Los Angeles Times: 'Don’t Panic.' How Parents With Kids Too Young to Vaccinate Can Navigate Omicron
The Los Angeles Times recently spoke with Cedars-Sinai infectious disease specialist Catherine Le, MD, and pediatric infectious disease specialist Priya Soni, MD, about protecting young children against the highly contagious omicron variant of the virus that causes COVID-19.
More children are being hospitalized with the omicron variant than with previous variants, but that's because the new variant is more infectious, not more dangerous, Le told the Times. Viruses naturally evolve this way because a virus that kills its host can’t survive, Le said.
Still, children who contract any variant are at risk for complications, including long COVID-19—symptoms that persist for weeks or months—and multisystem inflammatory syndrome in children (MIS-C), which Le called "rare but scary" because it can result in organ failure.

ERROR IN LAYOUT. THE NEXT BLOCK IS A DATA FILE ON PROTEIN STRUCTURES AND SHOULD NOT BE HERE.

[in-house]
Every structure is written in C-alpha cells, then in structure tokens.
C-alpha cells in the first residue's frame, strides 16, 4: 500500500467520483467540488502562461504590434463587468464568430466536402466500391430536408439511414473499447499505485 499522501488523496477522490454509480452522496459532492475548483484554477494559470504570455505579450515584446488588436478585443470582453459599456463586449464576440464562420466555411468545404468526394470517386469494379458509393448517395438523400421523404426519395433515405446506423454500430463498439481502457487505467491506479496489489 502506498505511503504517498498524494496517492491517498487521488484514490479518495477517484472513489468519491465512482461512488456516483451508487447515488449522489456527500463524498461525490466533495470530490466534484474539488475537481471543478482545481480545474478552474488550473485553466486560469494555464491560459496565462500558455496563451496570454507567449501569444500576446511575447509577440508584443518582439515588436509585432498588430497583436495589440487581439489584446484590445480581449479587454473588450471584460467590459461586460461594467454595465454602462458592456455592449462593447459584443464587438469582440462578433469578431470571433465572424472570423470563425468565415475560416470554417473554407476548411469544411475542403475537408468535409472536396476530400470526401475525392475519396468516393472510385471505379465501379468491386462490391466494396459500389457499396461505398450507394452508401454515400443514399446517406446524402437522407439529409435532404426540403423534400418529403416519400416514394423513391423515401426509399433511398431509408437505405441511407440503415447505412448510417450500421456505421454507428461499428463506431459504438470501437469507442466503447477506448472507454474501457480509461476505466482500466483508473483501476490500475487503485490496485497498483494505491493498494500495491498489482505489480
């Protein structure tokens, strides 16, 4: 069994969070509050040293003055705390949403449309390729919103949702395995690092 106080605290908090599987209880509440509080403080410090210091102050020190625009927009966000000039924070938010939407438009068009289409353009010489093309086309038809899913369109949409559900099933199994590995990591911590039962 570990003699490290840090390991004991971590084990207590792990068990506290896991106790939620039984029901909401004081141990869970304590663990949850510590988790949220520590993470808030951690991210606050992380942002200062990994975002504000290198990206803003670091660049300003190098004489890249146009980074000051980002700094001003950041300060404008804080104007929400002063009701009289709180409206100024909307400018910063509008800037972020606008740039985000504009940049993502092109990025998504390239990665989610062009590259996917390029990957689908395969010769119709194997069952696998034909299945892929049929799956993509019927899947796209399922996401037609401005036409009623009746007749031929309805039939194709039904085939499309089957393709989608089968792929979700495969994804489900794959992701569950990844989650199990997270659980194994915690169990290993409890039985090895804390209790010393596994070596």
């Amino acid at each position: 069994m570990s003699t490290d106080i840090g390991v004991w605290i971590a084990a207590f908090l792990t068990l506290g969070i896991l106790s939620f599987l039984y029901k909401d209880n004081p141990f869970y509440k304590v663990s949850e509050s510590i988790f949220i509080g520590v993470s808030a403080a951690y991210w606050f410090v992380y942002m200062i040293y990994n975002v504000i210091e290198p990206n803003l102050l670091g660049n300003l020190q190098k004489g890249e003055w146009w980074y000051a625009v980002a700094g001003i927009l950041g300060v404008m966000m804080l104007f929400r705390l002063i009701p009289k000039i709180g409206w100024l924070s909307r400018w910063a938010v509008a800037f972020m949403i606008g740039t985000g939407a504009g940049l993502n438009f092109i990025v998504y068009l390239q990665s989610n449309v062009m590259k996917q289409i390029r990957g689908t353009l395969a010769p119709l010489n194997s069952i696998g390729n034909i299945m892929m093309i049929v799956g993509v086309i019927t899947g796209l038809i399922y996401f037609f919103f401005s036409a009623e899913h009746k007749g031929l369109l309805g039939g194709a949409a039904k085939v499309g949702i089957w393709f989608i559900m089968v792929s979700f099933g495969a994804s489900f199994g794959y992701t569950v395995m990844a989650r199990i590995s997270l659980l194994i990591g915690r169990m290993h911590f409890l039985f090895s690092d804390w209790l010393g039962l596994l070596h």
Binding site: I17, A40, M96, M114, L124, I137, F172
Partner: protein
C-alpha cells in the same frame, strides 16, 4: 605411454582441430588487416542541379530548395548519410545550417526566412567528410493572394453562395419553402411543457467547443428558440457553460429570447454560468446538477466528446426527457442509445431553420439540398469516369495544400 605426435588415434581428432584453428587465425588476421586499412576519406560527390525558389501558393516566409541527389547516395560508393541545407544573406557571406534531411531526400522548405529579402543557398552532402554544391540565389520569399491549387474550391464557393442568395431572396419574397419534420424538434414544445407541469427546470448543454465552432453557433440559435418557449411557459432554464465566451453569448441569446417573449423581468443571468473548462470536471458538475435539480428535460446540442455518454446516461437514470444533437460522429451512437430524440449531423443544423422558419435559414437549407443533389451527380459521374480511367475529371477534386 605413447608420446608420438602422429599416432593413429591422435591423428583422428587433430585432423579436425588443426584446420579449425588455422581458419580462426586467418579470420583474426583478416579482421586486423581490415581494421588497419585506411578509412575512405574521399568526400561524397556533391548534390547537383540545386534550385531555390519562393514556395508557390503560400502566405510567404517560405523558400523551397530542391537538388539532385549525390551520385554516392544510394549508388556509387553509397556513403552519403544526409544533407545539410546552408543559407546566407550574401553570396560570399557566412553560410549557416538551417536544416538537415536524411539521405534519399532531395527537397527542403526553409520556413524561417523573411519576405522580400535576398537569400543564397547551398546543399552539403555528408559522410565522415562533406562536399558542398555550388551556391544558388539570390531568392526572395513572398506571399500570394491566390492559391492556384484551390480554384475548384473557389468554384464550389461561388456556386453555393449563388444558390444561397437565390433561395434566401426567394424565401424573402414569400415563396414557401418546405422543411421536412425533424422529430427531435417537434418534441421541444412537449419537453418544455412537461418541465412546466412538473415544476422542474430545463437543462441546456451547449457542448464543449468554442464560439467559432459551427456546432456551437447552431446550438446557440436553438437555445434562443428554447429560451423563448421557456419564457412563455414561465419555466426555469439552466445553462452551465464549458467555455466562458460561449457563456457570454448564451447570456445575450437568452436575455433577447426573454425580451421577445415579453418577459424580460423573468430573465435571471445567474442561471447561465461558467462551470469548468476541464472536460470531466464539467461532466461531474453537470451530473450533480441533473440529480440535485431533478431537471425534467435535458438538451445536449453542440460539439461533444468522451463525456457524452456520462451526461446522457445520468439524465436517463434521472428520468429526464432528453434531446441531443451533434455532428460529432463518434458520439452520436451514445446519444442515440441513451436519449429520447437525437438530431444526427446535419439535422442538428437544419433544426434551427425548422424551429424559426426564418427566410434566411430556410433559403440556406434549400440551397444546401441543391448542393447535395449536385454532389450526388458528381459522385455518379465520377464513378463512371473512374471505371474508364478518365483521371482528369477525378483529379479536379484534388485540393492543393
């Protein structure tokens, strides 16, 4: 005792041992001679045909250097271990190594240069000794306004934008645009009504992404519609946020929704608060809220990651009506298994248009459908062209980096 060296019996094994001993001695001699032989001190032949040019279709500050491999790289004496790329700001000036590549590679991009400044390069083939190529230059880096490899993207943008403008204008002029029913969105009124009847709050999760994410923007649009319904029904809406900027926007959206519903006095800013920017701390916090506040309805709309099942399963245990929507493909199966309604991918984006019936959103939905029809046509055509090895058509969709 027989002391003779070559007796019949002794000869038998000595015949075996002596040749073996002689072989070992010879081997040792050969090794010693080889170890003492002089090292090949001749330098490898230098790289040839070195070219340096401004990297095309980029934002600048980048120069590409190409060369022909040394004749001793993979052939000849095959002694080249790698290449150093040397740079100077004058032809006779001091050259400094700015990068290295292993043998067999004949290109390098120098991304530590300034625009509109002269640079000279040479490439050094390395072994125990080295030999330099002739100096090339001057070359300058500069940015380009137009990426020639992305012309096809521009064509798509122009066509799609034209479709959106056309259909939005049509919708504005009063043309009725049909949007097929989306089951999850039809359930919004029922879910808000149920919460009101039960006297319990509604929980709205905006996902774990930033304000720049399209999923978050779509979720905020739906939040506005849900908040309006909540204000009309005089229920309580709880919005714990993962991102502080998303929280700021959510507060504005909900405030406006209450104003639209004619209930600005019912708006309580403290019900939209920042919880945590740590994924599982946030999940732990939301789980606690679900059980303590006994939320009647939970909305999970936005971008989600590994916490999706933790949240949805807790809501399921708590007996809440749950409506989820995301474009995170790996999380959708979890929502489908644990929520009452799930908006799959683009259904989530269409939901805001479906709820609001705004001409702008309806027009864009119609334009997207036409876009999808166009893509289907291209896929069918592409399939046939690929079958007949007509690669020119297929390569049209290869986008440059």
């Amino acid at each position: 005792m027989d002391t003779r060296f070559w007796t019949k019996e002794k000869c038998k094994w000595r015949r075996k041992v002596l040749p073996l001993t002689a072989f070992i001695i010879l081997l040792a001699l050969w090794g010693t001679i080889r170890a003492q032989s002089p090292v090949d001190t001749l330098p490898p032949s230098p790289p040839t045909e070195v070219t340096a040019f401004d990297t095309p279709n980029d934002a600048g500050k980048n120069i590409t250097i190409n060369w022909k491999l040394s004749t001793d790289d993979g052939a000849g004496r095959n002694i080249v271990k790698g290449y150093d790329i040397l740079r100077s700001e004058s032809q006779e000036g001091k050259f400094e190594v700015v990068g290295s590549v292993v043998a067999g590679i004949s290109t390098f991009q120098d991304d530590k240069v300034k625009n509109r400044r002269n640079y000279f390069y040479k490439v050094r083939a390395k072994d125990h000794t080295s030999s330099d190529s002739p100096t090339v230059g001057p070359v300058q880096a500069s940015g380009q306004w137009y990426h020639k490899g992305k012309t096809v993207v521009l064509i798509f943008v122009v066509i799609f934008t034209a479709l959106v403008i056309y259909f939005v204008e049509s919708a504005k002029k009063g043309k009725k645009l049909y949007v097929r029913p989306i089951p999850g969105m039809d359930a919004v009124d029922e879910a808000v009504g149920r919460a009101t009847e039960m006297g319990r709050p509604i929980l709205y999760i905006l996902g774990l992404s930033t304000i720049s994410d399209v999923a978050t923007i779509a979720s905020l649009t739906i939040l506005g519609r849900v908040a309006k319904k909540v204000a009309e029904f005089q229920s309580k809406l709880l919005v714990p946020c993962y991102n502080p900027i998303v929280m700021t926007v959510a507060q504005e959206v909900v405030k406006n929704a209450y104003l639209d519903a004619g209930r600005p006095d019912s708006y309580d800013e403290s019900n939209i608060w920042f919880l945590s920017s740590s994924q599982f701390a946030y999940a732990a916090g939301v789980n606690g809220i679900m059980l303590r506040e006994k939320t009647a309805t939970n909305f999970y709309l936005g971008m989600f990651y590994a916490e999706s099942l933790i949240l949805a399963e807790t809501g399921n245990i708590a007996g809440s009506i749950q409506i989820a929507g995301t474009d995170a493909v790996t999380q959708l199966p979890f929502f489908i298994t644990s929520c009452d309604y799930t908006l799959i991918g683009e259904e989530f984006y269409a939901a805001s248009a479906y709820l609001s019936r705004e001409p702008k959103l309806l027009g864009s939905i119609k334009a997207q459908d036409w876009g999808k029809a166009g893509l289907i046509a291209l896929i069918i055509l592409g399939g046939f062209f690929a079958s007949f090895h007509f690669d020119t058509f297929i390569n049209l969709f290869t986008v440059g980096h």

Children 5 and older are currently eligible for vaccination against COVID-19, and Soni and other experts recommended the vaccine as safe and effective. They also advised making sure everyone eligible who is in close contact with children is vaccinated.
Soni also advised masking, even on the playground. "We now recommend that children, even as they’re going back to school, remain masked in heavily populated outdoor spaces," said Soni.
Masks are not recommended for children 2 or younger, and parents of these children can make them safer by increasing physical distancing, according to the Los Angeles Times article.
Because omicron symptoms—including fever, dry cough, sore throat, body aches and runny nose—mimic those of the common cold, Soni recommended COVID-19 testing for children who develop these symptoms.
Click here to read the complete article from the Los Angeles Times.